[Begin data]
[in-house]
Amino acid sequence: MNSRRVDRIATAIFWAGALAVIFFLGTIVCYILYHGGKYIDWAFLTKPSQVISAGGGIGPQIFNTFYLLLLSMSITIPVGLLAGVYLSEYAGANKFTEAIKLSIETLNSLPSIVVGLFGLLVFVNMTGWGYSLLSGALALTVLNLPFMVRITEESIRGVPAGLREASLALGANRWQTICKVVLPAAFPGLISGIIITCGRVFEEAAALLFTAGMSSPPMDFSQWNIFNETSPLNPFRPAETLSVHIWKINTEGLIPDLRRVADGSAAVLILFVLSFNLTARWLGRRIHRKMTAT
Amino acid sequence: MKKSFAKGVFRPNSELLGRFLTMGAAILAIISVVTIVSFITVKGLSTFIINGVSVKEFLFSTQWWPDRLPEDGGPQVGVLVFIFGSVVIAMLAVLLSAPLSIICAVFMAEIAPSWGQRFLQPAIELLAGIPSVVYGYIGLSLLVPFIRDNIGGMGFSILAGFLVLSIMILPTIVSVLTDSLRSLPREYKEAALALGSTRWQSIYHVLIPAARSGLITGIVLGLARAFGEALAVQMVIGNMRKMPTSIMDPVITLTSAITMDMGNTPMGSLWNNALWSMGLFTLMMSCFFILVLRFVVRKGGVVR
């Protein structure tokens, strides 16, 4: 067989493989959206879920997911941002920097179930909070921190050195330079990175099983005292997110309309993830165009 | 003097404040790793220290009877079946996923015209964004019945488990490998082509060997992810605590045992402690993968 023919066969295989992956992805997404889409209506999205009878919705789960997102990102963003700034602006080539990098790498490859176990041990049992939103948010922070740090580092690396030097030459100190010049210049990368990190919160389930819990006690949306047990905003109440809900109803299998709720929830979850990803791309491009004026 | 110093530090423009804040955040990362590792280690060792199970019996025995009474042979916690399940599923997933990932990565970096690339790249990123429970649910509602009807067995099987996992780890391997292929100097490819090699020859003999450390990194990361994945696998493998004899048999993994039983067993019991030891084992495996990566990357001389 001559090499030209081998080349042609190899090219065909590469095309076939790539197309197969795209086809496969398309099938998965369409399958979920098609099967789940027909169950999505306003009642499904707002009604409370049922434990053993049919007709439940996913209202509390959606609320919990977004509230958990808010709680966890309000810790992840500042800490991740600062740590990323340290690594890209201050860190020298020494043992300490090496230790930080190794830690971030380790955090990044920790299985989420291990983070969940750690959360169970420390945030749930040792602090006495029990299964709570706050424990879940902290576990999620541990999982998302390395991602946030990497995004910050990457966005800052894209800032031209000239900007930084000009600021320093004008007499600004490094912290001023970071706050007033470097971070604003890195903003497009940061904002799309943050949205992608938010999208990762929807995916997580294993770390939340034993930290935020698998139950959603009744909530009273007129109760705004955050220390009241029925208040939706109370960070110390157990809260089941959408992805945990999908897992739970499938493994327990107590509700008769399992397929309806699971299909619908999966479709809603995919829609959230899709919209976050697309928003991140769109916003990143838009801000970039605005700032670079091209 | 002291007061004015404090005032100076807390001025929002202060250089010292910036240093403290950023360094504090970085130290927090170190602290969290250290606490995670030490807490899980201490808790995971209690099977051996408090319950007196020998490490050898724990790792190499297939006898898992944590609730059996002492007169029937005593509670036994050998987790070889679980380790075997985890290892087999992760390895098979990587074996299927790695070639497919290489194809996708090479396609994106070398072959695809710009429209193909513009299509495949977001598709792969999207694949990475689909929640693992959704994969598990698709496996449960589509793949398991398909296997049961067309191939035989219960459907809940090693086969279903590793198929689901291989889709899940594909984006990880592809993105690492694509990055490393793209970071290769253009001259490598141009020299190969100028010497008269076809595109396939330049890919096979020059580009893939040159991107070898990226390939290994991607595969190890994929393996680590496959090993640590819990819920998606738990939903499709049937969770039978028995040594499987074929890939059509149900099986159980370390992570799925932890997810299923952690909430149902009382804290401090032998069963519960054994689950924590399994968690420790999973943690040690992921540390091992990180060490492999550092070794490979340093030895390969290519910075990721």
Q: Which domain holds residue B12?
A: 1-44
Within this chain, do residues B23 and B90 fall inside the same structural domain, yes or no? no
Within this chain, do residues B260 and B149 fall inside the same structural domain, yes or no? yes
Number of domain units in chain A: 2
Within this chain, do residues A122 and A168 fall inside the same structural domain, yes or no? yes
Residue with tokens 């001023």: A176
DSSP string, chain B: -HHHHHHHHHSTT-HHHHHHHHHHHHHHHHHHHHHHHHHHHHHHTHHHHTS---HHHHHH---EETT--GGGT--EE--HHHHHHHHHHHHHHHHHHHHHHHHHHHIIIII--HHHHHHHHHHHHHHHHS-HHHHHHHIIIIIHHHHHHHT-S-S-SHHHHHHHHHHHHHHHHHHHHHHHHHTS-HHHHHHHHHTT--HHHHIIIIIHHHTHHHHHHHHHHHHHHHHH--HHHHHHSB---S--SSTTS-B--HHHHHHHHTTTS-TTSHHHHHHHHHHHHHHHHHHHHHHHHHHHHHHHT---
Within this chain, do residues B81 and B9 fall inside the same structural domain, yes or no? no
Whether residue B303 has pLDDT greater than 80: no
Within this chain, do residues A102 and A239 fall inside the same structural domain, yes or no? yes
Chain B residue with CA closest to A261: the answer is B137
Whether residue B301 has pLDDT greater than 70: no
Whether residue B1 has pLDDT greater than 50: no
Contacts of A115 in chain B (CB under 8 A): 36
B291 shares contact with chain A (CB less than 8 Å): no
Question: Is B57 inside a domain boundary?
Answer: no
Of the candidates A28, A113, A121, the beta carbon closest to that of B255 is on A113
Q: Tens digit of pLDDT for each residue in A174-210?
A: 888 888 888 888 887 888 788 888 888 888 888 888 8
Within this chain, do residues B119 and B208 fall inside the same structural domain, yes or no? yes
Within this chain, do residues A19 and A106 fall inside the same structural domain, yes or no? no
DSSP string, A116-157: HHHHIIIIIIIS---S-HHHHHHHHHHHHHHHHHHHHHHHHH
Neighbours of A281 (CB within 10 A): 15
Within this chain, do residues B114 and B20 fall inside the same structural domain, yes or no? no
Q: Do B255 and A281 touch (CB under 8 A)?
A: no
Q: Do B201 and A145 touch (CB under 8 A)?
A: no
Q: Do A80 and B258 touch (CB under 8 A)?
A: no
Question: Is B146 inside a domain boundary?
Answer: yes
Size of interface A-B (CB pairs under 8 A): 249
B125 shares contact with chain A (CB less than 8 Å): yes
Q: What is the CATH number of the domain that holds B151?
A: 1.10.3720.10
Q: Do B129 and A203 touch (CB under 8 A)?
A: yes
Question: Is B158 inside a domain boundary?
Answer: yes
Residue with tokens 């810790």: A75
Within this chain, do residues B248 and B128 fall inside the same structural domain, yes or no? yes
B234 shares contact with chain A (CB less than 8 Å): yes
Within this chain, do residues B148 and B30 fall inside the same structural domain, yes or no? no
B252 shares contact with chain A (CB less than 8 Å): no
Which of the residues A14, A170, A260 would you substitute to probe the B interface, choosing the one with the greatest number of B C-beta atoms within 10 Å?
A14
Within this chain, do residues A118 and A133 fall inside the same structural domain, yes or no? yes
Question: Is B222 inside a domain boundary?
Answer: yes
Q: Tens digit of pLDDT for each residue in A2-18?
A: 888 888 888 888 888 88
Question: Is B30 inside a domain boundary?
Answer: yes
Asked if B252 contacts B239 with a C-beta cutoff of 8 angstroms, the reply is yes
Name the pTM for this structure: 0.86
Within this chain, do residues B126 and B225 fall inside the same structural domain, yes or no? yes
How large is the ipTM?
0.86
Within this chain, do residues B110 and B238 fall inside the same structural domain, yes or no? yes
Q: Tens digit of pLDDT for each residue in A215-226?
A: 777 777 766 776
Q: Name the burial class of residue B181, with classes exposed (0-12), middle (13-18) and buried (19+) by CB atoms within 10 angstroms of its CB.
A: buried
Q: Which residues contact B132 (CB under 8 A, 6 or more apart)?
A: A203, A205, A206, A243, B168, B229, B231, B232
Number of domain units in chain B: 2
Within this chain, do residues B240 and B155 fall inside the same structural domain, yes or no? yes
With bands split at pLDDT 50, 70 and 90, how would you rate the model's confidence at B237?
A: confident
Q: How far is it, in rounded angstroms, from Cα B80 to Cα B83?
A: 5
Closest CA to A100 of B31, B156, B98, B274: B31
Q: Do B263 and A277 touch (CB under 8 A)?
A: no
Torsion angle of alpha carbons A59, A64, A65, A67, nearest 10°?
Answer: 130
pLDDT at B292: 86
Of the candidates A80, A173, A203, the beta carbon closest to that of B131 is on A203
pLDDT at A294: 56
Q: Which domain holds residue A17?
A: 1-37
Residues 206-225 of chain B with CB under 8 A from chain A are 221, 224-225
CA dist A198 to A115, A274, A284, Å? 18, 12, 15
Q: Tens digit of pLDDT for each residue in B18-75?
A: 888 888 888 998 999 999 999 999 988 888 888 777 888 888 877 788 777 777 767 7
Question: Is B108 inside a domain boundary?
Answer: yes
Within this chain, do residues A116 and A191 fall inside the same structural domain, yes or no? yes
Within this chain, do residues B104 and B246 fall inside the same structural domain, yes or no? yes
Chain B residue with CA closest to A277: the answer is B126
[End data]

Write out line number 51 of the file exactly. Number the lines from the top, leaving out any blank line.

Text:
B252 shares contact with chain A (CB less than 8 Å): no